Major Retail Projects Fail to Counter Aging Office Base

By DANNY KING
Staff Reporter

Despite a government study concluding that Hollywood has the financial wherewithal to support itself as a separate city, its commercial real estate market could use some help.

In competition with a West Los Angeles submarket that continues to make more space available than any other area in the region, the Hollywood/West Hollywood market posted one of the largest vacancy jumps in Los Angeles County. Only Westwood and downtown Long Beach had larger jumps.

Hollywood's vacancy rate was 22 percent during the first quarter, up from 18 percent in the fourth quarter of 2001, according to Grubb & Ellis Co. Only LAX/Century Boulevard corridor had a higher vacancy figure at 27.4 percent.

"A client of mine has a 75,000-square-foot building that was rehabbed about nine months ago, and it's still empty," said Albert Shilton, senior managing director at Charles Dunn Co.

The Hollywood market is awkwardly situated. It lacks the newer product with larger 20,000-square-foot-plus floorplates and technological amenities necessary to draw in larger tenants from the Westside, but it's pricey enough to push smaller tenants toward nearby but less expensive areas like Miracle Mile and Wilshire Center.

"The issue that you have is that there aren't any newer office buildings," said Paul Stockwell, corporate managing director at Julien J. Studley Inc., who noted that the older buildings' smaller floor plates are a deterrent for efficiency-seeking tenants. "The parking is tight and the infrastructure isn't quite there, so the available space suffers a bit."

Despite this, asking rents for Class-A space have fallen just a penny during the first quarter from its $2.50 level for the like period a year ago, when the area's vacancy rate was just 12.1 percent. The level is a quarter above Miracle/Park Mile and nearly double that of Wilshire Center.

"A lot of tenants will go to Mid-Wilshire to get the alternative rents at $1.50 or less," said Rob Langer, managing partner at Meringoff Equities, who spoke of smaller firms whose five-year leases are coming due. "These tenants were in there at $1.65."

Also working against Hollywood's market is an entertainment industry that continues to consolidate operations in the area.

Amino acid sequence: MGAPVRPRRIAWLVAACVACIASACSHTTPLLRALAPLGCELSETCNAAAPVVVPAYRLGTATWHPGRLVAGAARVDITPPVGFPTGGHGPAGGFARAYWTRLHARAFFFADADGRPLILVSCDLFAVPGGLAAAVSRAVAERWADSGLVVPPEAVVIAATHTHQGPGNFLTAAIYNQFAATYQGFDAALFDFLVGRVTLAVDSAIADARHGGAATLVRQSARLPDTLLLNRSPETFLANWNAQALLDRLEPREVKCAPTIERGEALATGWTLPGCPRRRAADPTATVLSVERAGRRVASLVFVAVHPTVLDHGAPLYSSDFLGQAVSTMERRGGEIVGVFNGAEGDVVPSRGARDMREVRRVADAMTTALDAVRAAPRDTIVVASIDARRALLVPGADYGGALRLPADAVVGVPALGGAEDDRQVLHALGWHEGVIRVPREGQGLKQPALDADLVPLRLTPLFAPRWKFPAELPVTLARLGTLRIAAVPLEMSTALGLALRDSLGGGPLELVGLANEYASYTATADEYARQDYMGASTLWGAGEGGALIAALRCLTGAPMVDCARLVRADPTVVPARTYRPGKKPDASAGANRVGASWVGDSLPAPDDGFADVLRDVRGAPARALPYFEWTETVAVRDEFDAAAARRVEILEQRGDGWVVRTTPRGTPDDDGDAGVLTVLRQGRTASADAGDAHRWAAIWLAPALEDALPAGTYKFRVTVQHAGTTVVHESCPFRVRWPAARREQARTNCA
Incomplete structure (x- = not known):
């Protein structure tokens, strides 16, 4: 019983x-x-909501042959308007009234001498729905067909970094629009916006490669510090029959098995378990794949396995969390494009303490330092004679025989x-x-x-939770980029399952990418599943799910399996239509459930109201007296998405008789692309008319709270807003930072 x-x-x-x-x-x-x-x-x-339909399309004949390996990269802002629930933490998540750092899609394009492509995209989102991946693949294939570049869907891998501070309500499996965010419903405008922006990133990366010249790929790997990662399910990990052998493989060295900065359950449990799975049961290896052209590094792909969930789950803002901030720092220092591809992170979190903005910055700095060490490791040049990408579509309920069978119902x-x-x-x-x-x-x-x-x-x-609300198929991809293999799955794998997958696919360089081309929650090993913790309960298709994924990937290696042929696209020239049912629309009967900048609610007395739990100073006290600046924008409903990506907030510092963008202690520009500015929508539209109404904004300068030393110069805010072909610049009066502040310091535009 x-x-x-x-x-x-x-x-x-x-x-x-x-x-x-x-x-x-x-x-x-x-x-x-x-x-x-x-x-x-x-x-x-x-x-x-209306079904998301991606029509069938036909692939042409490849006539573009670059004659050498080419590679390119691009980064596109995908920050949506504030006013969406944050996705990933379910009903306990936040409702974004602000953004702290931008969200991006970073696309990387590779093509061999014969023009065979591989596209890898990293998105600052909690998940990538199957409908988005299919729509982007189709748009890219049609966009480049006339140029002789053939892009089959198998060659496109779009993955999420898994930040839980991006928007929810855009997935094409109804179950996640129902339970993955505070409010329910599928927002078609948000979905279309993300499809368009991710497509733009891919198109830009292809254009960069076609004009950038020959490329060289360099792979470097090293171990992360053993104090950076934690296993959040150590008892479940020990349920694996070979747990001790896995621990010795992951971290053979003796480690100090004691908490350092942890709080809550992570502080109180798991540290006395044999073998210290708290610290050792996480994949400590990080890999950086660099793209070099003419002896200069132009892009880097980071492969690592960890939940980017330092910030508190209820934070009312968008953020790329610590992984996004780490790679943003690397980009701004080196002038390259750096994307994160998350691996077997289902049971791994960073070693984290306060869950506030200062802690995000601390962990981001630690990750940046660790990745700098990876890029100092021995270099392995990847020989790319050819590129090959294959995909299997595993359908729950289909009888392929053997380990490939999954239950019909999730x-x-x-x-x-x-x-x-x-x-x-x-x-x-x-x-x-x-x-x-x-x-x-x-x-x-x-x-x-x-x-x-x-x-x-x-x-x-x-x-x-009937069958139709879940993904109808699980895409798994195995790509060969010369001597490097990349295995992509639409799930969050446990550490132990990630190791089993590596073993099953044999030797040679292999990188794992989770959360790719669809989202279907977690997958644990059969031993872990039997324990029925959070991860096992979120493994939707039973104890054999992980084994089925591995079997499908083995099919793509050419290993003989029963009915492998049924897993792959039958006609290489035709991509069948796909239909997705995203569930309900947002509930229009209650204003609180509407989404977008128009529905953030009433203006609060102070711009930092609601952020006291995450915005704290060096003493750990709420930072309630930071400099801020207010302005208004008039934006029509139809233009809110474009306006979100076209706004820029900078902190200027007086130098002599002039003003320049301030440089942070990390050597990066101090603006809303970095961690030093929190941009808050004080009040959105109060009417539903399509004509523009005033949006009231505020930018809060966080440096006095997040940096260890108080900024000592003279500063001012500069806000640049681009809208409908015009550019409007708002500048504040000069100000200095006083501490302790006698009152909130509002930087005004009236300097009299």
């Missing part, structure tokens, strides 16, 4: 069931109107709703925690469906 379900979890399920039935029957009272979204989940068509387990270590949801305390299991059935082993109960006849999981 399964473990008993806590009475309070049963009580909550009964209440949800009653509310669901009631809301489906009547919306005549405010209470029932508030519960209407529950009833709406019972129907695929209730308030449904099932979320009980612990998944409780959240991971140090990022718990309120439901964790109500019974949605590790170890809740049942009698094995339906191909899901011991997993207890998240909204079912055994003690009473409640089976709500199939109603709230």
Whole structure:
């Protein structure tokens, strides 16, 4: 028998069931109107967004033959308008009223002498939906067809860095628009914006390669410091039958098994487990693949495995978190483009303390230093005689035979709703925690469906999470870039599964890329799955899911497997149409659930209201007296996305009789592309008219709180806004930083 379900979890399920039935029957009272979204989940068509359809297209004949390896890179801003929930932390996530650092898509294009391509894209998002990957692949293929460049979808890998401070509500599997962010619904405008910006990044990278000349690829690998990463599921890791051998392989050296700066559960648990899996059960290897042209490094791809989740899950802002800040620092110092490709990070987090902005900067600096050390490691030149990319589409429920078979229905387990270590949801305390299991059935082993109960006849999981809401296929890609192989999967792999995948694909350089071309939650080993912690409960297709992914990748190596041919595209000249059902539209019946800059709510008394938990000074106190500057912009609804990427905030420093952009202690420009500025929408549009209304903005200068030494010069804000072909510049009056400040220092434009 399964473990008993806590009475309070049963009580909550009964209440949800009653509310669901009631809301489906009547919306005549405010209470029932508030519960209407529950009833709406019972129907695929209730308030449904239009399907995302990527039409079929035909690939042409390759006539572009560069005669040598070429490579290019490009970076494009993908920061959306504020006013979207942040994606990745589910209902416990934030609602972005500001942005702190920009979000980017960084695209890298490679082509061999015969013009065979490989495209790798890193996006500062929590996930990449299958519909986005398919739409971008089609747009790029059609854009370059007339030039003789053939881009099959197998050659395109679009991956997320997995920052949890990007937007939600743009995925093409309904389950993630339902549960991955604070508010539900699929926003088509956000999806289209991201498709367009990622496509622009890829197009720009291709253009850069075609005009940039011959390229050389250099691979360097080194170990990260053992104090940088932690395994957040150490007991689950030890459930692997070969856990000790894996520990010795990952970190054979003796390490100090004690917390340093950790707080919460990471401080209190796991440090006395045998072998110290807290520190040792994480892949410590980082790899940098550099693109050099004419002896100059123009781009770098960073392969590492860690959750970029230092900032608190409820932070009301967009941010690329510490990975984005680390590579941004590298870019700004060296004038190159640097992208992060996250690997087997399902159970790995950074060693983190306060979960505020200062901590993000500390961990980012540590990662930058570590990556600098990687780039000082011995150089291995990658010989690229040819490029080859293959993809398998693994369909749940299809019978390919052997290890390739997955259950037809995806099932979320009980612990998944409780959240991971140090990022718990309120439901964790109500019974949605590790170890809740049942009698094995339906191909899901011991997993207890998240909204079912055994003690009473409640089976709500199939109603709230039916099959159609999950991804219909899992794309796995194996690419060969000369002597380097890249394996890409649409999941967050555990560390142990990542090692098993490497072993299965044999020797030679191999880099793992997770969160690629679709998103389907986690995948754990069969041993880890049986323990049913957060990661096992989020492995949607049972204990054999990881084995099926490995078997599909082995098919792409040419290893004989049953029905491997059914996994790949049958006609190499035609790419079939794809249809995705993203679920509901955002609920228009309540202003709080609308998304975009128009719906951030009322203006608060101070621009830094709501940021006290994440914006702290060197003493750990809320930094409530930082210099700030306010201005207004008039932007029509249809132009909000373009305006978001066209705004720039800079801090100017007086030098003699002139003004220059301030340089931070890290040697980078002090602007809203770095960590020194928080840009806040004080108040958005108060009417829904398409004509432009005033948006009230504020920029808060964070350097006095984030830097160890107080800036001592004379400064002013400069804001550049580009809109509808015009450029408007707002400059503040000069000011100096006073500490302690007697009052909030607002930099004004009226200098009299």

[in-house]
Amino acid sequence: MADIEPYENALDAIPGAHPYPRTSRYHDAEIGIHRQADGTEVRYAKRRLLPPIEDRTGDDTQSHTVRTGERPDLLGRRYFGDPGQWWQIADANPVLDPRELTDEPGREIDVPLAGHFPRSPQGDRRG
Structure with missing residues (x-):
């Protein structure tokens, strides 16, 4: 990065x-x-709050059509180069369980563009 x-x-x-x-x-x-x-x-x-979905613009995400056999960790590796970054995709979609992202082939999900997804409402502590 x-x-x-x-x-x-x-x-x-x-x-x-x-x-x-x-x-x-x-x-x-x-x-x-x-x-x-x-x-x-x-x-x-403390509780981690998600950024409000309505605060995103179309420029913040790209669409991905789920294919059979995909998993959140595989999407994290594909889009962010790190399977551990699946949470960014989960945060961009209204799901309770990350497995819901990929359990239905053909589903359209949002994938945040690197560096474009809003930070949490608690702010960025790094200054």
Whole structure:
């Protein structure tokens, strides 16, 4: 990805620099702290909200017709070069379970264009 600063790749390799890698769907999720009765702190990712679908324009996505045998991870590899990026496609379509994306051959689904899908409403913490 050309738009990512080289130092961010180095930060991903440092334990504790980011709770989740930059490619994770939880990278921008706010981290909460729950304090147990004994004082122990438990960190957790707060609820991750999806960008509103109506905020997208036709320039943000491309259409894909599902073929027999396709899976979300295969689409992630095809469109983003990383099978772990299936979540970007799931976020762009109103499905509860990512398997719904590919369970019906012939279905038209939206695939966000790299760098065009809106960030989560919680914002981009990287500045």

One move involved Priority Records, which ended its 35,000-square-foot lease at the CNN Building on Sunset Boulevard at the beginning of the year in favor of 15,000 square feet at the home of its parent company, the landmark Capitol Records building on Vine Street.

As a result, the biggest lease of the quarter was Liberation Publication's 15,000-square-foot deal at 6922 Hollywood Blvd., hardly a landmark transaction.

"Hollywood in general is really hurting," said Langer. "A lot of the buildings out there are not doing any deals."

Rent breaks

Not that Langer's company hasn't tried. Meringoff Equities, whose 600,000 square feet of space makes up about 17 percent of the Hollywood office market, began offering six months free rent at its 150,000-square-foot Hollywood and Vine Plaza at the end of last year. "If the market today is more around the $2 range as opposed to $2.50, we're going to do deals at $2," said Langer.

Added Shilton: "Most of the owners, given the opportunity, would jump at anything north of $2.00."

There remains considerable sentiment that the efforts to revitalize the area, led by the Hollywood & Highland shopping complex, will spur additional demand even at the higher lease levels. Langer said Meringoff is on the verge of closing on two or three deals in the 20,000-square-foot range, showing an uptick in activity toward the end of the quarter.

"In the last two weeks to 30 days, we've seen a huge increase in calls and broker inquiries," added Christopher Bonbright, chief executive at Ramsey-Shilling Co.

"We all believe it will happen in Hollywood," said Stockwell. "It's kind of a neat place to be now, but it's still a work in progress."

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